Removes and returns the last element of list. If the list is empty, returns 0.

  • Element * remove(const Object_Type * obj)

Removes the element with the content “obj” and returns this element. It returns 0 if the content “obj” is not in the list.

  • Element * search(const Object_Type * obj)

Returns the element with the content “obj”. It returns 0 if the content “obj” is not in the list.

3.2.2.6. Ordered_List

Doubly-Linked, Ordered List.

  • void insert(Element * e)

Adds the element “e” in the correct position according to the rank of the element.

  • Element * remove()

Removes and returns the first element of ordered list. If the ordered list is empty, returns 0.

  • Element * remove(Element * e)

Removes and returns the element “e” in the ordered list. If the ordered list is empty, returns 0.

  • Element * remove(const Object_Type * obj)

Removes the element with the content “obj” and returns this element. It returns 0 if the content “obj” is not in the ordered list.

  • Element * search_rank(int rank)

Returns the element with rank equal to the value of the parameter “rank”. It returns 0 if the “rank” value is not in the ordered list.

  • Element * remove_rank(int rank)

Removes and returns the element with rank equal to the value of the parameter “rank”. It returns 0 if the “rank” value is not in the ordered list.

3.2.2.7. Relative_List

Doubly-Linked, Relative Ordered List.

3.2.2.8. Scheduling_List

Doubly-Linked, Scheduling List.

3.2.2.9. Grouping_List

Doubly-Linked, Grouping List.

3.2.2.10. Example

#include <utility/ostream.h>
#include <utility/malloc.h>
#include <utility/list.h>

__USING_SYS;

const int N = 10;

void test_simple_list();
void test_list();
void test_ordered_list();
void test_relative_list();
void test_scheduling_list();
void test_grouping_list();
void test_simple_grouping_list();

OStream cout;

int main()
{

    cout << "List Utility Test\n";

    test_simple_list();
    test_simple_grouping_list();
    test_list();
    test_ordered_list();
    test_relative_list();
    test_scheduling_list();
    test_grouping_list();

    cout << "\nDone!\n";

    return 0;
}

void test_simple_list ()
{
    cout << "\nThis is a singly-linked list of integers:\n";
    Simple_List<int> l;
    int o[N];
    Simple_List<int>::Element * e[N];
    cout << "Inserting the following integers into the list ";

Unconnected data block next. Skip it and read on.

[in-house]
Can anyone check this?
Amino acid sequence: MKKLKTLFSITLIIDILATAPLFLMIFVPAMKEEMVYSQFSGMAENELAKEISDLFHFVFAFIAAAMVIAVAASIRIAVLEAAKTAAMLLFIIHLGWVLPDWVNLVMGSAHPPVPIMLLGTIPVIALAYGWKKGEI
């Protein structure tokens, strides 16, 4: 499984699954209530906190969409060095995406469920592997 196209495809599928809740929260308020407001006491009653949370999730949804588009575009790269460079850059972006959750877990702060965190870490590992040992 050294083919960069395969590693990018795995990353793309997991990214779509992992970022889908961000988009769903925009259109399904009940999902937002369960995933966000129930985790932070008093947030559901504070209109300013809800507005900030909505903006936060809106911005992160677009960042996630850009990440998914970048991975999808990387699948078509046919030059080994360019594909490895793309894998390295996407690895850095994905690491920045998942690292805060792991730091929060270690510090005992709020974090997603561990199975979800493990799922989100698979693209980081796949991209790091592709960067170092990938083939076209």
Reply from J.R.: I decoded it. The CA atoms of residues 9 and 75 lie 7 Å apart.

for(int i = 0; i < N; i++) {
	o[i] = i;
	e[i] = new Simple_List<int>::Element(&o[i]);
	l.insert(e[i]);
	cout << i;
	if(i != N - 1)
	    cout << ", ";
    }
    cout << "\n";
    cout << "The list has now " << l.size() << " elements\n";
    cout << "They are: ";
    for(Simple_List<int>::Iterator i = l.begin(); i != l.end(); i++) {
	cout << *i->object();
	if(Simple_List<int>::Iterator(i->next()) != l.end())
	    cout << ", ";
    }
    cout << "\n";
    cout << "Removing the element whose value is " << o[N/2] << " => " 
	 << *l.remove(&o[N/2])->object() << "\n";
    cout << "Removing the list's head => " << *l.remove_head()->object()
	 << "\n";
    cout << "Removing the element whose value is " << o[N/4] << " => " 
	 << *l.remove(&o[N/4])->object() << "\n";
    cout << "Removing the list's tail => " << *l.remove_tail()->object()
	 << "\n";
    cout << "Trying to remove an element that is not on the list => " 
	 << l.remove(&o[N+1]) << "\n";
    cout << "Removing all remaining elements => ";
    while(l.size() > 0) {
	cout << *l.remove()->object();
	if(l.size() > 0)
	    cout << ", ";
    }
    cout << "\n";
    cout << "The list has now " << l.size() << " elements\n";
    for(int i = 0; i < N; i++)
	delete e[i];
}

void test_simple_grouping_list() 
{
    cout << "\nThis is a simple grouping list of integers:\n";
    Simple_Grouping_List<int> l;
    int o[N * 2];
    Simple_Grouping_List<int>::Element * e[N * 2];
    Simple_Grouping_List<int>::Element * d1 = 0, * d2 = 0;
    cout << "Inserting the following group of integers into the list ";
    for(int i = 0; i < N * 2; i += 4) {
	o[i] = i;
	o[i + 1] = i + 1;
	e[i] = new Simple_Grouping_List<int>::Element(&o[i], 2);
	l.insert_merging(e[i], &d1, &d2);
	cout << i << "(2), ";
	if(d1) {
	    cout << "[nm]"; // next merged
	    delete d1;
	}
	if(d2) {
	    cout << "[tm]"; // this merged
	    delete d2;
	}
    }
    for(int i = 2; i < N * 2; i += 4) {
	o[i] = i;
	o[i + 1] = i + 1;
	e[i] = new Simple_Grouping_List<int>::Element(&o[i], 2);
	l.insert_merging(e[i], &d1, &d2);
	cout << i << "(2)";
	if(d1) {
	    cout << "[nm]"; // next merged
	    delete d1;
	}
	if(d2) {
	    cout << "[tm]"; // this merged